Moore, from Pasco's mosquito control group, said Miami was susceptible because it is a travel hub to places in Central and South America, where Zika is already established. Orlando is another travel hot spot that could see local transmissions, he said, but the virus may show up in Tampa Bay, too.

Miami-Dade had reported 99 Zika cases as of Friday, the most in Florida, and Broward had 55. Orange County reported another 40. Hillsborough had 10, while Pinellas and Pasco had 7 and 6 respectively, all related to travel.

Tampa Bay was listed as one of nine spots in America that could host a large population of the mosquitoes that carry Zika in a study earlier this year.

Mosquito control officials have already increased trapping and spraying, and Moore said that effort will continue as the peak season for mosquitoes stretches into August and September.

"The environment is really ripe for this thing to take off," Moore said. If an outbreak were to develop in Florida, he said, it could have a devastating effect on tourism.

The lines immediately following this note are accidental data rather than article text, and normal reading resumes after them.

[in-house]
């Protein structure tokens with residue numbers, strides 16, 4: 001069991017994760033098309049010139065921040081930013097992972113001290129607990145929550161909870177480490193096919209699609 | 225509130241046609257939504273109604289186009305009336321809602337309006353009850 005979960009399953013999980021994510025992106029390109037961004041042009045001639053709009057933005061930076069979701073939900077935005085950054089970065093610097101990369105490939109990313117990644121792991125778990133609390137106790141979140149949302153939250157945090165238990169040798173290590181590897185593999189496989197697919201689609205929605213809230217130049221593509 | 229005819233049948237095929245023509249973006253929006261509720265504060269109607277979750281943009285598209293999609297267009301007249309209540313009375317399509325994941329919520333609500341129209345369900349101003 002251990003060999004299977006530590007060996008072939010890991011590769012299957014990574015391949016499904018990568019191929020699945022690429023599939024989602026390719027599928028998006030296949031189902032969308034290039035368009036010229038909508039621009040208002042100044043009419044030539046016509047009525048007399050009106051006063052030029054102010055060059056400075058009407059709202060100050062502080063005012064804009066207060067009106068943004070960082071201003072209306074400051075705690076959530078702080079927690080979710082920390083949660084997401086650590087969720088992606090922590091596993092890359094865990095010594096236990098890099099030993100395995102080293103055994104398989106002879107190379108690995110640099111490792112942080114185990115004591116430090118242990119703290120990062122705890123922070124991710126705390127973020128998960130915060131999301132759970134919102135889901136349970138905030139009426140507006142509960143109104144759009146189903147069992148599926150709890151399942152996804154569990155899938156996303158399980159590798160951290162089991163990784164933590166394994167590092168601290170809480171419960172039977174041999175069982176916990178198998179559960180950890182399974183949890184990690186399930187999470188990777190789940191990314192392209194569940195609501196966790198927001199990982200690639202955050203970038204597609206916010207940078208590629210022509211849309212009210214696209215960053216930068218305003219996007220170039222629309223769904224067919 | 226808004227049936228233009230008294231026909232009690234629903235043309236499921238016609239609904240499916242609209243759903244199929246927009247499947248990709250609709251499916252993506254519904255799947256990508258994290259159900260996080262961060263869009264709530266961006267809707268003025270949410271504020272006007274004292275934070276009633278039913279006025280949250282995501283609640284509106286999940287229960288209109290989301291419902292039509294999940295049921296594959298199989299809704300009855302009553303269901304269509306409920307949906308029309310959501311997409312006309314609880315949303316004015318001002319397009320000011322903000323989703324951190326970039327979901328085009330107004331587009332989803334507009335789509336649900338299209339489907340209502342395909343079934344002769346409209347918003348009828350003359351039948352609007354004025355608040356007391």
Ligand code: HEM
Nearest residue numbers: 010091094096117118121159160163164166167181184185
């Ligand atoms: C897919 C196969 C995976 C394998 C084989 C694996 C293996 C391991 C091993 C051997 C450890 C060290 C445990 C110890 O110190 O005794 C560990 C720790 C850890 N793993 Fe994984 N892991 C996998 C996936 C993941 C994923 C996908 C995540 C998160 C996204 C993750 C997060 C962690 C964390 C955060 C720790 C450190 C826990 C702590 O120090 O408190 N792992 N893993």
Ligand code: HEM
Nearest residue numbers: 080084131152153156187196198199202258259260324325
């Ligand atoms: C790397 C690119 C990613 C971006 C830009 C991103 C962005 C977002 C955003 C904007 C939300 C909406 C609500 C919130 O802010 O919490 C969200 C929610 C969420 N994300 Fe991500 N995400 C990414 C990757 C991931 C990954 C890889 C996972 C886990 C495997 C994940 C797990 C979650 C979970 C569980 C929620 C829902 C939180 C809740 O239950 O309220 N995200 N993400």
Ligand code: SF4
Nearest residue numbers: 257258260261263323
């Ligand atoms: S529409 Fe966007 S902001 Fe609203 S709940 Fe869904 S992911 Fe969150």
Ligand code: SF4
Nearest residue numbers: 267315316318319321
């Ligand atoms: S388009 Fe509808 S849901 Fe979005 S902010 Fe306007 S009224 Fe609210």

Infected mosquitoes from Miami will not travel to Tampa Bay on their own, however. The insects could theoretically hitch a ride to Tampa on luggage or in clothing, experts said, but they cannot fly very far. People can also spread the virus by traveling to and from transmission areas, and being bitten by local mosquitoes.

Health officials expect clusters of Zika cases to pop up elsewhere in Florida just like Miami, said Beata Casanas, an associate professor in the University of South Florida's Division of Infectious Disease & International Medicine.

"It's still no reason to panic," she said. "This is something we've been expecting. This is something we've been preparing for."

Casanas said the state has experience in fighting other mosquito-borne illnesses like Dengue Fever and Chikungunya Virus, both of which have spread locally in the Tampa Bay area. They will draw on those lessons to fight Zika.

If someone is found to have Zika in Tampa Bay, Casanas said, doctors will ask them to stay inside for three weeks to avoid being bitten and possibly infecting new mosquitoes. Local officials will also spray everywhere within a mile of that person's home to try to kill as many mosquitoes as possible.

In Miami, public health officials are going door-to-door to speak with residents about Zika testing. They are offering blood testing within the immediate area where the state believes the transmissions occurred.

Health officials say the best way to combat Zika is to follow standard advice for avoiding mosquitoes. Use repellent, wear long sleeves, stay indoors and drain and cover containers that hold water where mosquitoes can breed.

"Mosquito repellent is almost going to be a necessity in 2016," said Ron Montgomery, operations manager for Hillsborough County Mosquito and Aquatic Weed Control.